Posted on March 3, 2017
Content hubs are becoming more popular, as marketers see the value in creating a centralised location for their content. Rather than scattering content throughout a company website, content hubs act as microsites focussed solely on attracting visitors through relevant content.
The ultimate aim of a content hub is to build a useful, trustworthy resource that continually engages with visitors. In this blog we examine key features that should form part of an IFA content hub.
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1 – Valuable knowledge and market insight
Even though content marketing is playing an ever-increasing role in IFA marketing, too many marketers are producing content that doesn’t provide value. Some websites include content that is little more than a company news or PR service.
To stand-out it is essential to produce content that is genuinely useful to readers, that is addresses real problems and concerns that IFAs have. Start by asking what problems do they have and then create content that addresses those problems and provides valuable insight.
2 – Evergreen content
Changes within the financial markets can provide a stream of relevant content ideas. However successful content marketing strategies combine timely content with content that has longevity (‘evergreen’ content). Producing evergreen content will provide greater value to your business over the long term by generating a steady stream of traffic and encouraging return visitors.
3 – Content that’s easy to digest
It sounds obvious, but within financial services there’s always the temptation to make things a little more complicated than they need to be. The use of industry jargon is inevitable, but this should be balanced with a style that is easy to digest – visitors are impatient and will quickly leave if content is too taxing to read.
4 – Include calls to action and use personalisation
The aim of a content hub is to keep continually engaging with visitors. Whilst using calls to action to encourage the download of premium content is a worthwhile strategy, calls to action can be more discrete by simply promoting related content. This keeps the visitor on your hub, further develops your relationship and strengthens your brand.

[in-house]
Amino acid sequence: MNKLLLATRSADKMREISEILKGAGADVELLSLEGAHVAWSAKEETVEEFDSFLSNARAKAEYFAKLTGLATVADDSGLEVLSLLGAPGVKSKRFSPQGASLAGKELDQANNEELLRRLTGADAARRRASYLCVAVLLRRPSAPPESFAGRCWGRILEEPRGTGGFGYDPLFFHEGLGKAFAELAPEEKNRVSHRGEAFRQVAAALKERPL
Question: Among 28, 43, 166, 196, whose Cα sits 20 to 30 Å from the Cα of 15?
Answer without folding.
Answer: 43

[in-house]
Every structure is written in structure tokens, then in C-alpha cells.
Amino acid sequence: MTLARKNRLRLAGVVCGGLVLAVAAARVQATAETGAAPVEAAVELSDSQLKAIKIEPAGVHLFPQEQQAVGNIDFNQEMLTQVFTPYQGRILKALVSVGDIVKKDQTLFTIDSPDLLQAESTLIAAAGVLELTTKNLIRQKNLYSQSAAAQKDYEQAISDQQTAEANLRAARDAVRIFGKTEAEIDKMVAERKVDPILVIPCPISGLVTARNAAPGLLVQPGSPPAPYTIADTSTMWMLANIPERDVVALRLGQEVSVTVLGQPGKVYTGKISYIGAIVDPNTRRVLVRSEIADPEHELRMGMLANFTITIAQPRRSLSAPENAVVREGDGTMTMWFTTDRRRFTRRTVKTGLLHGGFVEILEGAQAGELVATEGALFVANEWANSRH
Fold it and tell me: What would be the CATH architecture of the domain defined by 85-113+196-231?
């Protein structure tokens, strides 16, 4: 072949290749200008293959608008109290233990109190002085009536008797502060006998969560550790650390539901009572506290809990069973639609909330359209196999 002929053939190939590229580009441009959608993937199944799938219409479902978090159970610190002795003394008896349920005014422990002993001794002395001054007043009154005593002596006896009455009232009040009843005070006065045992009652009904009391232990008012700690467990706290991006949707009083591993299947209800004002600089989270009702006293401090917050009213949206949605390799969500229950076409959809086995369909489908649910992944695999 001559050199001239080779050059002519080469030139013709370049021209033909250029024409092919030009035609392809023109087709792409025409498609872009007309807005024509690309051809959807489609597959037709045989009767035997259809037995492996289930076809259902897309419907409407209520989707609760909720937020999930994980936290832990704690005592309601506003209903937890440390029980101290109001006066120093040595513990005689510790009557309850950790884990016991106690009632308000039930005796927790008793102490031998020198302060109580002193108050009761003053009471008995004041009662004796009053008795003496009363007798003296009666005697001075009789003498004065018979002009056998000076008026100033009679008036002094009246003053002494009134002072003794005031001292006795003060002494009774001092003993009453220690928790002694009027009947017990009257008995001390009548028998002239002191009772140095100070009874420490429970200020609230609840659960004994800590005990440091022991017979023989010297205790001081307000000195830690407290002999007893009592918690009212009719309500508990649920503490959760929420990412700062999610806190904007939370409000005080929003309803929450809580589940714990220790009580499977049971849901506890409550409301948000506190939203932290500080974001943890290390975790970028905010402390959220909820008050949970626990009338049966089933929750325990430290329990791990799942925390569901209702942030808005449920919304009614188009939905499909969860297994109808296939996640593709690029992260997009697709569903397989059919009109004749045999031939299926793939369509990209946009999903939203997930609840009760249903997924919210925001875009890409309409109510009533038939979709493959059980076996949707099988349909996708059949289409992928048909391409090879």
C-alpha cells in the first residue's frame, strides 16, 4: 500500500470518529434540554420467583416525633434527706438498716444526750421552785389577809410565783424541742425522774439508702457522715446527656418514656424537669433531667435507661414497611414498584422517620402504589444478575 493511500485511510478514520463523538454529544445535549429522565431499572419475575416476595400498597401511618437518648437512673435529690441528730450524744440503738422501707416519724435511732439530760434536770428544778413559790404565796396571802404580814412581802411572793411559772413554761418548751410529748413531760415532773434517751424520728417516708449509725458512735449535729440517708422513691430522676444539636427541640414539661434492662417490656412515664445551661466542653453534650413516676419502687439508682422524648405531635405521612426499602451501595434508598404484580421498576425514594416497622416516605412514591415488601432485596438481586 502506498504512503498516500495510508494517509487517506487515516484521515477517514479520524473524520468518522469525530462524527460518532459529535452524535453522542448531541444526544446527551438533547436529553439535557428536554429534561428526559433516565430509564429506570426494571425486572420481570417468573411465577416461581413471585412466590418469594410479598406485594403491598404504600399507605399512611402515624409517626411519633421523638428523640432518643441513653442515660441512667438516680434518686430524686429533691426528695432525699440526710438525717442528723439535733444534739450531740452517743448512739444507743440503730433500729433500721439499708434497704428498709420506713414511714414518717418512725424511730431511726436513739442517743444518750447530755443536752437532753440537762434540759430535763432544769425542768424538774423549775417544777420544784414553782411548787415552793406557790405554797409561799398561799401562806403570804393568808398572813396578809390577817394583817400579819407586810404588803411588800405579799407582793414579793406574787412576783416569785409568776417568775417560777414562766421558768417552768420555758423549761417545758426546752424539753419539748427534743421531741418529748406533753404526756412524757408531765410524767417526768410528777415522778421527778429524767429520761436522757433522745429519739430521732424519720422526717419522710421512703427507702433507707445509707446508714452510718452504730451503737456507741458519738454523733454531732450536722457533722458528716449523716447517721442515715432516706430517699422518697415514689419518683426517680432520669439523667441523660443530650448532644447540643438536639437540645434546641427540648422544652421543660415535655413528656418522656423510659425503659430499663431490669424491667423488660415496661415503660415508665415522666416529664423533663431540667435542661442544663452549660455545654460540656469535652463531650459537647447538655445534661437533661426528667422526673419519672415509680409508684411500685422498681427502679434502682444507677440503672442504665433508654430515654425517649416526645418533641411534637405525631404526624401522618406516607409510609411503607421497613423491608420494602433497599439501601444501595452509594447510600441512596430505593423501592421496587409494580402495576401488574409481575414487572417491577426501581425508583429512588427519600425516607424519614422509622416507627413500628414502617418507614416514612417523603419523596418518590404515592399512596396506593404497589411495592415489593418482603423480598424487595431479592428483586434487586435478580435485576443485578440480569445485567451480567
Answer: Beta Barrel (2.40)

This can also be taken a stage further. Content hubs provide the opportunity to contextualise the visitor journey. By tracking which content a visitor engages with, a content hub can promote content that is relevant to the visitor – implying that your company really understands their needs.
5 – Provide educational opportunities
The largest challenge of content marketing is to keep visitors coming back. Intermediary marketers have an opportunity to do this by providing Continuous Professional Development (CPD) resources.
CPD is an important aspect of an IFA’s career and providing CPD resources provides a strong reason for an IFA to continually return to a content hub. There are multiple companies who can provide white label CPD areas that can be incorporated into a content hub.
As content marketing becomes more prevalent within the market, providing educational resources may prove the difference between becoming ‘just another content hub’ to becoming a hub that generates real engagement and builds relationships.
6 – Some sources of inspiration
Generally speaking content marketing within intermediary marketing has taken a little longer to catch on. So we thought we’d look outside of the intermediary market for some inspiration and learnings that could be applied to IFA content hubs.
Here are some content hubs which we feel tick all of the boxes: